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Politics & Government

Pennsylvania ACLU and Lancaster County commissioners fight over ballot drop box removal in court

Diane Ellis-Marseglia, Robert Harvie mail-in ballots drop box voting vote election
Matt Slocum
Bucks County commissioners Diane Ellis-Marseglia, left, and Robert Harvie unpack a new ballot drop box at the county's administration building prior to the primary election, Wednesday, May 27, 2020 in Doylestown, Pa.

Lancaster County is among the places in Pennsylvania that is not offering primary voters a ballot drop box. Its decision has drawn a lawsuit from the state’s American Civil Liberties Union chapter.

Since 2020, Lancaster County voters have been able to drop off their mail-in ballot ahead of elections at a single drop box at its county government center. But after an April 13 Board of Elections meeting, county commissioners chose to take away that box – without holding a vote.

After commissioners and public participants traded arguments on the issue for over an hour, Republican Commissioner and Chairman Ray D’Agostino informally polled the three commissioners.

“The consensus is, I’m not in favor of having a drop box,” he said before turning to fellow GOP commissioner Josh Parsons, who agreed with D’Agostino, then to Democratic commissioner

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John Trescot, who opposed the box’s removal.

When a member of the public protested, arguing consensus had not been reached, Parsons clapped back.

“Yes it is,” he said. “It’s a consensus of two to one. That’s how the Board works.”

The ACLU of Pennsylvania alleges in a court filing that the decision broke Pennsylvania’s Sunshine Act, which governs public meetings. Part of that law says the public needs to know what will be on the agenda for all meetings at least a day in advance.

Though discussion of the drop box emerged during a public comment period, the meeting agenda doesn’t list that as official business.

“Any action they took without following those rules is void and voidable,” ACLU of Pa. Legal Director Vic Walczak said. “So we are asking that the court void the decision not to put out the drop box.”

Parsons and D’Agostino both pointed to a Commonwealth Court ruling against Act 77, a 2019 state law that authorized no-excuse mail-in voting, and a “lack of internal controls” in arguing for the removal of Lancaster County’s drop box.

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That’s despite the Pennsylvania Supreme Court affirming counties could set up the devices in a September 2020 ruling. A federal judge appointed by former President Donald Trump later upheld that decision when it was challenged, writing that drop boxes “do not significantly burden any right to vote…they align with the Commonwealth’s elaborate election-security measures. They do not run afoul of the United States Constitution.”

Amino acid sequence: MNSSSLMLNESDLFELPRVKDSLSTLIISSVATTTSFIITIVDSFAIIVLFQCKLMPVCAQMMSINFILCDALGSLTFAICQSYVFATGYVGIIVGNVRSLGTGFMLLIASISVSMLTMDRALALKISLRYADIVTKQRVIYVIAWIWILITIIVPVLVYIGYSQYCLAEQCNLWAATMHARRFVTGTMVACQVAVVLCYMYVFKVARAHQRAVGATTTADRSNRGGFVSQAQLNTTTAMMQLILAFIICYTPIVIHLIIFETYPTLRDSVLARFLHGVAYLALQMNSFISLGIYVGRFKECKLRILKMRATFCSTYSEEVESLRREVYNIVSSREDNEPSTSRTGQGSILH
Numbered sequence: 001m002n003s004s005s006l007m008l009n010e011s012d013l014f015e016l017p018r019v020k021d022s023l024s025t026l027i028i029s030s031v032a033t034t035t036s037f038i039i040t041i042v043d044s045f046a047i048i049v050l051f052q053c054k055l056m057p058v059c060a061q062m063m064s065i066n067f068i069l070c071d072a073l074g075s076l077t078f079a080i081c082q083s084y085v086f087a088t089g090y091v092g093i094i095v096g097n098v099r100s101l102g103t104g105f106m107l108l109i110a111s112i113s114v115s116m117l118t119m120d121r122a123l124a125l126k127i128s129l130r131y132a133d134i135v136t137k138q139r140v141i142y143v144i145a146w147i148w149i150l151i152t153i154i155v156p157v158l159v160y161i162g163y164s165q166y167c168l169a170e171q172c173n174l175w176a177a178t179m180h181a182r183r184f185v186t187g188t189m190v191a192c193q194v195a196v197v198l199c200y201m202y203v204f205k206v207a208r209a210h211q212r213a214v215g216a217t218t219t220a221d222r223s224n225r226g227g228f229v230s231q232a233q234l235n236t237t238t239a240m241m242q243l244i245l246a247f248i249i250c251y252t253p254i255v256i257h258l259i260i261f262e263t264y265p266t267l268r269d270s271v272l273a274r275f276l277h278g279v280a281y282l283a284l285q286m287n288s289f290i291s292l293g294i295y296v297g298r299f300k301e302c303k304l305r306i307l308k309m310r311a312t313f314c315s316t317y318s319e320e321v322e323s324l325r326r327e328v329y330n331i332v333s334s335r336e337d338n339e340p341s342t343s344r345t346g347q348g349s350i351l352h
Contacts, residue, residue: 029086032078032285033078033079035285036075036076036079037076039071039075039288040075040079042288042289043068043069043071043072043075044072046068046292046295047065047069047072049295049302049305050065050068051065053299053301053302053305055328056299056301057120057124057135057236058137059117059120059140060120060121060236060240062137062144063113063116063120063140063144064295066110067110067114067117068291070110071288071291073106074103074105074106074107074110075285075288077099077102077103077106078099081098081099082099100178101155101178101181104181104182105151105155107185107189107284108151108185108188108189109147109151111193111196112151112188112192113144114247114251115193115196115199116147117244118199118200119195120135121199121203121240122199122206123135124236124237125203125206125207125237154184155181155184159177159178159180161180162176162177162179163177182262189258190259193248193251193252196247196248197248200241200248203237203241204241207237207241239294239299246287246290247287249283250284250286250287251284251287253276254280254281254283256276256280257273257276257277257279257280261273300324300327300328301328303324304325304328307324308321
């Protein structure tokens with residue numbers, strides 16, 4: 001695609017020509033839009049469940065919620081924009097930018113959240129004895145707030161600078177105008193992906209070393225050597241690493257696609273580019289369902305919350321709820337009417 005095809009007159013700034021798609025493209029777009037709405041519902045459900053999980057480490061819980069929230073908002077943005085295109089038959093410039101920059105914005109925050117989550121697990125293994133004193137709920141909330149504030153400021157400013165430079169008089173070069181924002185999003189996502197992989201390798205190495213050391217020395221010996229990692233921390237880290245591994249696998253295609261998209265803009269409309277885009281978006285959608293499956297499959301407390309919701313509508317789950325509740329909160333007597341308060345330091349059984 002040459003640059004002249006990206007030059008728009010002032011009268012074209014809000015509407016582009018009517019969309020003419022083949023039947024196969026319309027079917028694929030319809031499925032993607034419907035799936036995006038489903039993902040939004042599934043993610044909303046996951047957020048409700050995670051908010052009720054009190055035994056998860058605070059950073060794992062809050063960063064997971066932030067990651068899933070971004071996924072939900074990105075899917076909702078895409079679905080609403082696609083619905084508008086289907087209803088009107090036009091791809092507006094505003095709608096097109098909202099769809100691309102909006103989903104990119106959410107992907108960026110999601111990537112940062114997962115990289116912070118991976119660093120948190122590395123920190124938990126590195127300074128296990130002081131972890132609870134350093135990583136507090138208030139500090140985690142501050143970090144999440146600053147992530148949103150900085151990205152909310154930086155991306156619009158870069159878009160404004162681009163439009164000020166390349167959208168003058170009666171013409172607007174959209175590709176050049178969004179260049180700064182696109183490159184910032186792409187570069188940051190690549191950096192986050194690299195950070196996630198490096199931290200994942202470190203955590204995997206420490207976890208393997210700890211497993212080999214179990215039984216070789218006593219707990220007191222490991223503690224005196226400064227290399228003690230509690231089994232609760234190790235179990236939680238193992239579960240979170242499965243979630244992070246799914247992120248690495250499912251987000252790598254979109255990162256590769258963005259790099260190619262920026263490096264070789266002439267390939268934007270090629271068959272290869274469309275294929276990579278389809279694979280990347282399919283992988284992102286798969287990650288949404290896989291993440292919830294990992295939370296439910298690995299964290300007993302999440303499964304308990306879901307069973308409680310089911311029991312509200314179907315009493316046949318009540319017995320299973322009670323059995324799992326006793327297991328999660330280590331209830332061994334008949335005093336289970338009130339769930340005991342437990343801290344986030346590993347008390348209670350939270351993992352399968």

An appeal of the Commonwealth Court’s Act 77 ruling to the state Supreme Court earlier this year put that decision on ice.

“It is a minor change,” Parson said at the April meeting, referring to the drop box removal decision. “You still have the option to come in early, vote early. You can pick up your ballot, you can fill it out anywhere you want, turn it into the Elections Office. You can still have the option to put it in the mail.”

Walczak said turning in a mail-in ballot at a county election office has an important downside: business hours when ballots are accepted are usually limited. Lancaster had extended its government center lobby hours to allow voters to drop their ballot off in the box as late as 8 p.m. on weeknights and between 9 a.m. and 2 p.m. on Saturday.

“They [voters] may want to drop it off in the evening after work, they may want to do it early before they go to work, or they may want to do it on a weekend,” Walczak said.

D’Agostino calls the ACLU’s lawsuit “frivolous,” and said commissioners repeatedly talked about whether to offer a drop box at public meetings. He said during last month’s meeting that the county’s decision to remove the drop box was “administrative” and did not require public notice.

“Our efforts will continue to be focused on doing everything we can within the law to ensure Lancaster County has secure and fair elections. This frivolous suit should be immediately dismissed,” D’Agostino said in a statement.

ACLU of Pa. spokesperson Andy Hoover said a Lancaster Common Pleas court judge is scheduled to hold a hearing in the case on Thursday. The group is asking that court to rule quickly, since the primary ends in less than a week.

Lancaster, Westmoreland and York counties all either scaled back or eliminated the use of drop boxes for the primary. Lehigh County District Attorney Jim Martin has said law enforcement officers will monitor drop boxes there in an effort to make sure voters are only dropping off their own ballot.

Martin and others have suggested voters who were caught on camera last fall dropping off multiple ballots in Lehigh County purposely did so to commit election fraud, but there is no evidence affirming that. Martin himself said in a public memo that most of those voters only dropped off two ballots and were probably submitting them for a partner or family member.

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